As recently as 2005, invasive questions about sexuality were asked on insurance application forms and being gay lead to automatic referrals for HIV testing. Discrimination within financial services is a problem that has hounded LGBT people for years.
Whilst these practices are thankfully no longer commonplace, the struggle continues for people living with HIV. Although HIV specific life insurance has been available since 2008 and the situation in travel insurance appears to be improving, they are still excluded from a number of key financial products.
Take Tom* for example (who's name has been changed to protect anonymity), a doctor working for the NHS. He recently decided to disclose his HIV status to his insurer when they contacted him about any changes in his medical records, thinking honesty was the best policy.
Tom is healthy and sticking to his treatment; he didn’t think his HIV status would present a problem. Unfortunately, his income protection policy was subsequently cancelled, and he was told that the insurance company’s inability to insure him was likely due to people living with HIV taking more time off work.
Whilst it was right for Tom to disclose his HIV status to the insurers (as failure to do so would render the policy void anyway) he felt justifiably angry that people living with HIV are completely excluded from a key financial product – particularly given that he has taken less time off work than any of his colleagues!
As Tom said at the time: “As a doctor I am aware of the advances made in management of HIV. I see my friends and patients leading healthy lives. I was so angry I should be denied the security of certain financial products, not only for myself but also for my partner, my friends and my patients.”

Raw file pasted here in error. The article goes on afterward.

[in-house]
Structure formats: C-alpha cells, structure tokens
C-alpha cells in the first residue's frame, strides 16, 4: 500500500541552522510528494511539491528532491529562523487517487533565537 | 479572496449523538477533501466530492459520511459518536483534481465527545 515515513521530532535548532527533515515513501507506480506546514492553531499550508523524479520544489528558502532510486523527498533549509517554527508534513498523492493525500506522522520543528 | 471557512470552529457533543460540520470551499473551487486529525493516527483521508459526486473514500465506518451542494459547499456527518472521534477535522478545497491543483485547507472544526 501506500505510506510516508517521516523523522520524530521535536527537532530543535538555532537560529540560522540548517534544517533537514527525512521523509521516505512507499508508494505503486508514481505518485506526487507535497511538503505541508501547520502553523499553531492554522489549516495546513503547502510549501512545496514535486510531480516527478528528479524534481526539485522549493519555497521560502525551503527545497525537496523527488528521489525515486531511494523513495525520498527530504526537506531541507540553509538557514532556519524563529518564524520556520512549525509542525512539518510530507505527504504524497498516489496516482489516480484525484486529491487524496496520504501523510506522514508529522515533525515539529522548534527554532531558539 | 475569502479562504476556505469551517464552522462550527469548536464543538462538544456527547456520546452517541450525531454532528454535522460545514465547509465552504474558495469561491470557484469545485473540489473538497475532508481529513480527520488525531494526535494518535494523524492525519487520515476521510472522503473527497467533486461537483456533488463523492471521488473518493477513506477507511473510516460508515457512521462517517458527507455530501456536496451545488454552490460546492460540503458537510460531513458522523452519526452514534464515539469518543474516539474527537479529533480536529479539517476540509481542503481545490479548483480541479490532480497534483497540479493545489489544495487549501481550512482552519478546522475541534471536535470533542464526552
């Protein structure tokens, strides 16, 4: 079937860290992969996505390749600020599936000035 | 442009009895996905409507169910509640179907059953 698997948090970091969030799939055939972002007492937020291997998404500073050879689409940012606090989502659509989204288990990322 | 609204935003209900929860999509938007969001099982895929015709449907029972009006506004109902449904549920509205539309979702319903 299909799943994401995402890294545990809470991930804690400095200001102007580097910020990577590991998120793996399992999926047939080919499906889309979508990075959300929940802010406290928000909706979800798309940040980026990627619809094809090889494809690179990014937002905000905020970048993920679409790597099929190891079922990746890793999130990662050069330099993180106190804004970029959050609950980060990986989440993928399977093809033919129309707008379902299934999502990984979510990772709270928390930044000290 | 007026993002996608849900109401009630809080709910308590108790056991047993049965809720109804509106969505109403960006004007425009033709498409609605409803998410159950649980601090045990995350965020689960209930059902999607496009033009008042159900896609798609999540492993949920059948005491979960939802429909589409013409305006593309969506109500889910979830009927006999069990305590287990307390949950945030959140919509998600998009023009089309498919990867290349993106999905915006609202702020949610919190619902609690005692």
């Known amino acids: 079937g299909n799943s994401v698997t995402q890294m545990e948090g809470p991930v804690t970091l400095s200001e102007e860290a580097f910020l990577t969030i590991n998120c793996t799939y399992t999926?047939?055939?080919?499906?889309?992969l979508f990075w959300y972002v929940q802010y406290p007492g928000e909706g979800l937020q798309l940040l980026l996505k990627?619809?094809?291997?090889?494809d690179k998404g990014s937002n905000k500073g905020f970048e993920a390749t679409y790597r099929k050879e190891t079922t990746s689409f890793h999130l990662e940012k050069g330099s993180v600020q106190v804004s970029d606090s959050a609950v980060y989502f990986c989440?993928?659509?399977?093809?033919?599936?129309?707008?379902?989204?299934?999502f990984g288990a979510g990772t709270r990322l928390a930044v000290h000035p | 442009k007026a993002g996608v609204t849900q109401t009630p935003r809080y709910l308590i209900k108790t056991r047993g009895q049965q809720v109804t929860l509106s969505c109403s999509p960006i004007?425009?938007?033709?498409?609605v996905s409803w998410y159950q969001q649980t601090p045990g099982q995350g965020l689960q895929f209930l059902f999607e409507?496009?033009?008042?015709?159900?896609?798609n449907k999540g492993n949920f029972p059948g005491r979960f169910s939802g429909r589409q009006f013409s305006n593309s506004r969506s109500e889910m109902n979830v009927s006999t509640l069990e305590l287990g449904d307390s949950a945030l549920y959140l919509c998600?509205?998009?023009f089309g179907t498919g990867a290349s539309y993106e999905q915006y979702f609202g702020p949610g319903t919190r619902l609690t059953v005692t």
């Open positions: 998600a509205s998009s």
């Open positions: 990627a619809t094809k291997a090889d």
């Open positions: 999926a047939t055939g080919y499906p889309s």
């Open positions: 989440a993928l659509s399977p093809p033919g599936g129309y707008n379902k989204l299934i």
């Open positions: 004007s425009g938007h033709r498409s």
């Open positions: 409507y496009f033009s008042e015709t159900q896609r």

National AIDS Trust (NAT)
regularly hears from individuals like Tom who are being refused financial products, such as insurance, or offered unaffordable sky-high premiums as a result of their HIV status. The feedback is that this is probably because of financial services relying on out-of-date information, generalisations or assumptions.
This leaves people living with HIV facing an ongoing problem of disproportionate and unreasonable difference in treatment.
To investigate this further, NAT are conducting a new survey looking at the impact of HIV status on accessing key financial services and products, including insurance, banking services, and pensions.
If you’re living with HIV, we want to hear your experiences about accessing financial services through our online survey
. Even if you have little or no knowledge about financial products, we’re still interested in your views.
If you’re not living with HIV, you can still help by sharing this article and our survey
with others on Facebook or Twitter.
closes at midday on Friday 10 March – so let us know your experiences as soon as possible!
National AIDS Trust is the UK’s leading HIV policy charity, dedicated to transforming the UK's response to HIV by championing the rights of people living with HIV and campaigning for change.
In 2005 we successfully lobbied for the inclusion of HIV as a disability in the Disability Discrimination Act, later influencing the Equality Act so that it is unlawful for employers to ask questions about HIV prior to a job offer, and led the campaign to end the ban on healthcare workers living with HIV from conducting ‘exposure prone procedures’.
We are now turning our attention to financial services in the hope that we can take steps towards ending discrimination against people living with HIV in this area.
Words: Rosalie Hayes, policy and campaigns Officer at National AIDS Trust
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